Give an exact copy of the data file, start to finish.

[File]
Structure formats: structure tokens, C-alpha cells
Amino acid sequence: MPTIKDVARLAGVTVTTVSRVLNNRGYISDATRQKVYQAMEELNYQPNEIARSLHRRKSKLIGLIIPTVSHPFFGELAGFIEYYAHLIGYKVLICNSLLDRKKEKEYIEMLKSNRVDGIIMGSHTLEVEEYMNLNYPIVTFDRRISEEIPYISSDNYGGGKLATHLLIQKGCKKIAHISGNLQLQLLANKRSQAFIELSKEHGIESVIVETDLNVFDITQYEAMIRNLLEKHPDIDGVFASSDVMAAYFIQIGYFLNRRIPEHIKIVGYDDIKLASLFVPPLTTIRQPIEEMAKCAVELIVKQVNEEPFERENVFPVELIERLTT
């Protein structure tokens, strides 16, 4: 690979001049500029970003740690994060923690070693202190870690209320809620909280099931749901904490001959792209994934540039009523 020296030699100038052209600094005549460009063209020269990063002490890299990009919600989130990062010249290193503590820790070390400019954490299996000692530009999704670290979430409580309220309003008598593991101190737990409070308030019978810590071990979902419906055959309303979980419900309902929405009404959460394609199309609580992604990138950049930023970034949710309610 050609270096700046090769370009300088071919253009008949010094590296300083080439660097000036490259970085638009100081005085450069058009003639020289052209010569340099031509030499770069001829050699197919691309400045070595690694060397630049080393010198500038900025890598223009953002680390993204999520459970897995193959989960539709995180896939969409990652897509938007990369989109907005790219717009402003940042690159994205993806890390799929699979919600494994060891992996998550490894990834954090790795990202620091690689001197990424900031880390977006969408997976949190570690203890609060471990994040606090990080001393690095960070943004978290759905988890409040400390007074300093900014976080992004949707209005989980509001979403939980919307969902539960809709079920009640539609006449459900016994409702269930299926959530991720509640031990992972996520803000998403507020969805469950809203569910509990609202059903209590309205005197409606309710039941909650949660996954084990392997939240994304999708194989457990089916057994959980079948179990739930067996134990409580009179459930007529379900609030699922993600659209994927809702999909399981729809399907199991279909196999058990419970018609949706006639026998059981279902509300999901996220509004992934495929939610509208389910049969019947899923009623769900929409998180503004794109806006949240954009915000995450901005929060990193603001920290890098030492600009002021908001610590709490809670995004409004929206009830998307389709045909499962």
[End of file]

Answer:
Structure formats: structure tokens, C-alpha cells
Amino acid sequence: MPTIKDVARLAGVTVTTVSRVLNNRGYISDATRQKVYQAMEELNYQPNEIARSLHRRKSKLIGLIIPTVSHPFFGELAGFIEYYAHLIGYKVLICNSLLDRKKEKEYIEMLKSNRVDGIIMGSHTLEVEEYMNLNYPIVTFDRRISEEIPYISSDNYGGGKLATHLLIQKGCKKIAHISGNLQLQLLANKRSQAFIELSKEHGIESVIVETDLNVFDITQYEAMIRNLLEKHPDIDGVFASSDVMAAYFIQIGYFLNRRIPEHIKIVGYDDIKLASLFVPPLTTIRQPIEEMAKCAVELIVKQVNEEPFERENVFPVELIERLTT
């Protein structure tokens, strides 16, 4: 690979001049500029970003740690994060923690070693202190870690209320809620909280099931749901904490001959792209994934540039009523 020296030699100038052209600094005549460009063209020269990063002490890299990009919600989130990062010249290193503590820790070390400019954490299996000692530009999704670290979430409580309220309003008598593991101190737990409070308030019978810590071990979902419906055959309303979980419900309902929405009404959460394609199309609580992604990138950049930023970034949710309610 050609270096700046090769370009300088071919253009008949010094590296300083080439660097000036490259970085638009100081005085450069058009003639020289052209010569340099031509030499770069001829050699197919691309400045070595690694060397630049080393010198500038900025890598223009953002680390993204999520459970897995193959989960539709995180896939969409990652897509938007990369989109907005790219717009402003940042690159994205993806890390799929699979919600494994060891992996998550490894990834954090790795990202620091690689001197990424900031880390977006969408997976949190570690203890609060471990994040606090990080001393690095960070943004978290759905988890409040400390007074300093900014976080992004949707209005989980509001979403939980919307969902539960809709079920009640539609006449459900016994409702269930299926959530991720509640031990992972996520803000998403507020969805469950809203569910509990609202059903209590309205005197409606309710039941909650949660996954084990392997939240994304999708194989457990089916057994959980079948179990739930067996134990409580009179459930007529379900609030699922993600659209994927809702999909399981729809399907199991279909196999058990419970018609949706006639026998059981279902509300999901996220509004992934495929939610509208389910049969019947899923009623769900929409998180503004794109806006949240954009915000995450901005929060990193603001920290890098030492600009002021908001610590709490809670995004409004929206009830998307389709045909499962």